HC Deb 04 December 1941 vol 376 cc1238-9

The Home Secretary, in replying to a deputation consisting of: —

said that the representation which had been made to the Secretary of State for Scotland and himself by the Production Departments and the Ministry of Labour showed that facilities, similar to those provided in the N.A.A.F.I. Institutes for soldiers, were necessary for these workers in war-time circumstances, and he pointed out that many were working in remote places where the ordinary facilities of town and village were absent.

In these circumstances power had been taken to authorise where clearly required, the sale of liquor under strict conditions which were far more stringent than those which governed the sale in public houses. He assured the deputation that there was no question of providing increased facilities for further drinking. Under the Regulation drink, which would normally be beer, would as a general rule only be supplied with food to persons working in the premises for which the canteen was provided. Credit would not be allowed and any profits that might be made would, wherever practicable, be devoted to welfare purposes. The authorisation to operate the canteen would very often be granted to an accredited organisation such as the National Service Hostels Corporation and the canteen would be open to inspection by the Department granting the authorisation, and by the factory inspectors.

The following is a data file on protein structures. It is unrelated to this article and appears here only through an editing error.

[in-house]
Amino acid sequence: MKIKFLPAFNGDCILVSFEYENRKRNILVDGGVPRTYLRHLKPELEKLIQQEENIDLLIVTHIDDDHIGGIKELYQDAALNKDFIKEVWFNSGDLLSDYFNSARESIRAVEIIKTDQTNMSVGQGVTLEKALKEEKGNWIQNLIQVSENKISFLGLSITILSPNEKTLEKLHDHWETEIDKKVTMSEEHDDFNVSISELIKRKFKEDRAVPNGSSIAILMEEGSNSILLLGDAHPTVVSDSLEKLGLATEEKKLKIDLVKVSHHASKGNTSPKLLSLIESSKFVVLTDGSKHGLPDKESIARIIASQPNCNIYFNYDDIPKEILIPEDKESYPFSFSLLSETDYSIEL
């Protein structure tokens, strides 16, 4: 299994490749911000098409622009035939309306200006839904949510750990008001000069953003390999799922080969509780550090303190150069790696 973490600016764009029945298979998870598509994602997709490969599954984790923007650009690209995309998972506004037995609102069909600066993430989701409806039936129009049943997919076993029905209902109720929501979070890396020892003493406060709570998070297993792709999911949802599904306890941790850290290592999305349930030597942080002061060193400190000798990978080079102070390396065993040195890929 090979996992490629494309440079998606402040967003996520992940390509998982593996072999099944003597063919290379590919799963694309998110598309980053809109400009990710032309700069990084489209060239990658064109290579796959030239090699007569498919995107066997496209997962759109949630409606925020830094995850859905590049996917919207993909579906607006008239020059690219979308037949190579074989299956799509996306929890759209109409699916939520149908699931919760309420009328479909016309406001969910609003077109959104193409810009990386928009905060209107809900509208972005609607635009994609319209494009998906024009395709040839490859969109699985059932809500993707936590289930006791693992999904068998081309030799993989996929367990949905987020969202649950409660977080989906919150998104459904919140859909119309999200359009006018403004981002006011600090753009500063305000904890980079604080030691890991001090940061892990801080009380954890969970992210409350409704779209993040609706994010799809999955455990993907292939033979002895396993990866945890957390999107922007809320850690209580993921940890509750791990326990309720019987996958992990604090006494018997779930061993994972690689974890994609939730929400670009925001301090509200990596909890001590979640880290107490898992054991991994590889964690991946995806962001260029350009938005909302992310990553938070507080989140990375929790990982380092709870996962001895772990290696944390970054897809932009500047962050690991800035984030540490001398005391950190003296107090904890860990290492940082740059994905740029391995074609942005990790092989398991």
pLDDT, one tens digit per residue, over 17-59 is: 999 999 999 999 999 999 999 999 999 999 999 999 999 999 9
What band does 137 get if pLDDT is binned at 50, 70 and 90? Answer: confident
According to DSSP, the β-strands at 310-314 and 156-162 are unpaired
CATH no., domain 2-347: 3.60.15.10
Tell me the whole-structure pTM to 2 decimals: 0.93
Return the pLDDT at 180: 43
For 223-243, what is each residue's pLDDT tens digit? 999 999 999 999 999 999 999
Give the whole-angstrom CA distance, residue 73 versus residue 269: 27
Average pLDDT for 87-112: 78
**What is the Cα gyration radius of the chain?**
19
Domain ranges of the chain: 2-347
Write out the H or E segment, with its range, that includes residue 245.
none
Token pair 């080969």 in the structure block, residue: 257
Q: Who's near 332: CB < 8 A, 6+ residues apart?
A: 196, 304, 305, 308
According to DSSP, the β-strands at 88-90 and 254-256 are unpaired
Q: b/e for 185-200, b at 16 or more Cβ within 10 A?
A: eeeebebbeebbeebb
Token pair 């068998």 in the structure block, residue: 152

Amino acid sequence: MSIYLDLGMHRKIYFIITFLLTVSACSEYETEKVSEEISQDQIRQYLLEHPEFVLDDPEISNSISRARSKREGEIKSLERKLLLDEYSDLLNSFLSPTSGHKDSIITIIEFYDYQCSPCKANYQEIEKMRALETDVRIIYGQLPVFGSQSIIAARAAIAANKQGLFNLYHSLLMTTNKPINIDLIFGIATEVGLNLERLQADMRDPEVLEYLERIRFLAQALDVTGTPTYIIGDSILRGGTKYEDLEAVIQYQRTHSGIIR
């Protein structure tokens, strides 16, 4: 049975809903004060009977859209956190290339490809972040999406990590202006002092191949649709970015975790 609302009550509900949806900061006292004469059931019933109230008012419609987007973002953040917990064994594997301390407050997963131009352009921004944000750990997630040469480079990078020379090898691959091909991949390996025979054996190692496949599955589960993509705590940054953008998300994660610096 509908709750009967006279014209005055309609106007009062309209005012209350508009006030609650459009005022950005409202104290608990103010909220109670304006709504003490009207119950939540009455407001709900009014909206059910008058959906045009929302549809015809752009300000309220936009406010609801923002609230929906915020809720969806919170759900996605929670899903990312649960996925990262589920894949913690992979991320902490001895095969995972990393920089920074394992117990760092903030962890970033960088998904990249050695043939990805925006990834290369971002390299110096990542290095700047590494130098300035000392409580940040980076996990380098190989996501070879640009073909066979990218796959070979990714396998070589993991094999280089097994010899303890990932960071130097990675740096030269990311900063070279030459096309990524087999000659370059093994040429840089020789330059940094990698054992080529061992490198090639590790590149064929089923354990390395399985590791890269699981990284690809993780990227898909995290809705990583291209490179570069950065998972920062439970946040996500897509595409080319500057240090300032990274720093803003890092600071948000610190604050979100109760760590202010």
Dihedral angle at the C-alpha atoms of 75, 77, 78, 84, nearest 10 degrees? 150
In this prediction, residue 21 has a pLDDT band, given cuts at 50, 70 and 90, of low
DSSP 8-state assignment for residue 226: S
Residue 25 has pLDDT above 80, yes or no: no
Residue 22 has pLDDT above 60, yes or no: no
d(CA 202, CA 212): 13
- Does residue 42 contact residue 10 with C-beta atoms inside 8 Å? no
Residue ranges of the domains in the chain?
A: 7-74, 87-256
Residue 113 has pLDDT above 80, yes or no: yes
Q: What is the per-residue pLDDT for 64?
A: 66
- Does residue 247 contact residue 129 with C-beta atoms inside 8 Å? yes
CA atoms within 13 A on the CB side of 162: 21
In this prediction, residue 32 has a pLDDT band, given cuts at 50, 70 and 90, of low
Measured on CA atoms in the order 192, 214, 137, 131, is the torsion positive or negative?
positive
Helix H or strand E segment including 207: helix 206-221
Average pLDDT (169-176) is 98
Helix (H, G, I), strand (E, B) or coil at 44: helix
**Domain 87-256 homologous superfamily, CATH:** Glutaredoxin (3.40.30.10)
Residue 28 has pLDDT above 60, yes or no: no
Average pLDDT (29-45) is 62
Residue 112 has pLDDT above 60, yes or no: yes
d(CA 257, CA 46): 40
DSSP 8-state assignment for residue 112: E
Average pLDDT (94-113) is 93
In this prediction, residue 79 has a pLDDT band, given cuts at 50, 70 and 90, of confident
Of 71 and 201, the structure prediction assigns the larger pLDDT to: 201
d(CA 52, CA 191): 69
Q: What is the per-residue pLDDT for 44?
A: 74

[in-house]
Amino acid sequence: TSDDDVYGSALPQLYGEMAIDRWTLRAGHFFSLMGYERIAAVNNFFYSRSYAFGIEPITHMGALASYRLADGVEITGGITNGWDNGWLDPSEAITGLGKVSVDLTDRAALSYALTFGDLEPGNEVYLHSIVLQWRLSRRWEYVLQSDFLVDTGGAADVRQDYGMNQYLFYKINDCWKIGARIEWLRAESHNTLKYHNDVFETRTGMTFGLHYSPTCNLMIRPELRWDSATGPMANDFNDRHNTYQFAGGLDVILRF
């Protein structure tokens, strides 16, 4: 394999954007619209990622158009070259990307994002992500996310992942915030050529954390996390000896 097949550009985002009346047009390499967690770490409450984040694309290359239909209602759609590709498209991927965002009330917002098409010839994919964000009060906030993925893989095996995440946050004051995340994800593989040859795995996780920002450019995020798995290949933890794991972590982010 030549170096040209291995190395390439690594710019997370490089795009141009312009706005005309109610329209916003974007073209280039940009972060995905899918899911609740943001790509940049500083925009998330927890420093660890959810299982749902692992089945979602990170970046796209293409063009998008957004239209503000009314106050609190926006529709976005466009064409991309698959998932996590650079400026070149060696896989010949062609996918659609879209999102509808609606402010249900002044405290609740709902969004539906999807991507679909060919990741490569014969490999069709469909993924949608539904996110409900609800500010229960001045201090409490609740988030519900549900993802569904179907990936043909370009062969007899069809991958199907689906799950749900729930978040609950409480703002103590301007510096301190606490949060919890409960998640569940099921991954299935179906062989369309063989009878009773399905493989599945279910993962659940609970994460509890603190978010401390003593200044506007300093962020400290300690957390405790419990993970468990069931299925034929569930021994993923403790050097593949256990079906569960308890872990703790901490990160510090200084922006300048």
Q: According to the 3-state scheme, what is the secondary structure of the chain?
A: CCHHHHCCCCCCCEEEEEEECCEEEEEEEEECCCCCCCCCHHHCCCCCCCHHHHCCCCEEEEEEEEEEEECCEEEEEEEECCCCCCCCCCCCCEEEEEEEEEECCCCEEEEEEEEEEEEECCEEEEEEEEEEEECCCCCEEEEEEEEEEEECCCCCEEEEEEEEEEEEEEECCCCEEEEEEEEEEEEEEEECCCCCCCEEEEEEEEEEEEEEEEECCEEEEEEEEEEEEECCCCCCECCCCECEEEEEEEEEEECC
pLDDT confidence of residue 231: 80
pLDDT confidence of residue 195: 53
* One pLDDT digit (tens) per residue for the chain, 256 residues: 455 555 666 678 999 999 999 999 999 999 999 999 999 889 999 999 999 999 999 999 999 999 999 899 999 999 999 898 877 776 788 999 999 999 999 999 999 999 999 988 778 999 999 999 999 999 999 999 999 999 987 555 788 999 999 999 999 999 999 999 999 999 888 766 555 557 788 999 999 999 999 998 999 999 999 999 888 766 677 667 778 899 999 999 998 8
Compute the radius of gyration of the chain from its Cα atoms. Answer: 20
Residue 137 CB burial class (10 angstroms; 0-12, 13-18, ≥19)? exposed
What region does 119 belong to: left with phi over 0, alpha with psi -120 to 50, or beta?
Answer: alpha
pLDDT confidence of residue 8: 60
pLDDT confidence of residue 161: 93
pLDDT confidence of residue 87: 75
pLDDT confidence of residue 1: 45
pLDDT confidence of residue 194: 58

Before any authorisation were granted the question whether it was desirable in view of facilities in the neighbourhood, would be looked into, and if an authorisation were granted the hours during which liquor might be sold would ordinarily be those for licensed premises in the neighbourhood, or if any variation were required, they would not exceed the aggregate of the permitted hours. Steps would be taken to prevent drunkenness or disorderly conduct and the police would have access to enter and inspect the premises at any time.

Mr. Morrison assured the deputation that Mr. Johnston and himself had considered the position of young persons very carefully indeed, that they were working closely together on this question and that steps would be taken to secure that the managers appointed to operate the canteens would pay special attention to the protection of such young persons. Finally, he made it clear that any authorisation granted under the Regulation would be limited to a period of six months subject to renewal. In many cases it would not be necessary for the authorisation to be granted for as long a time.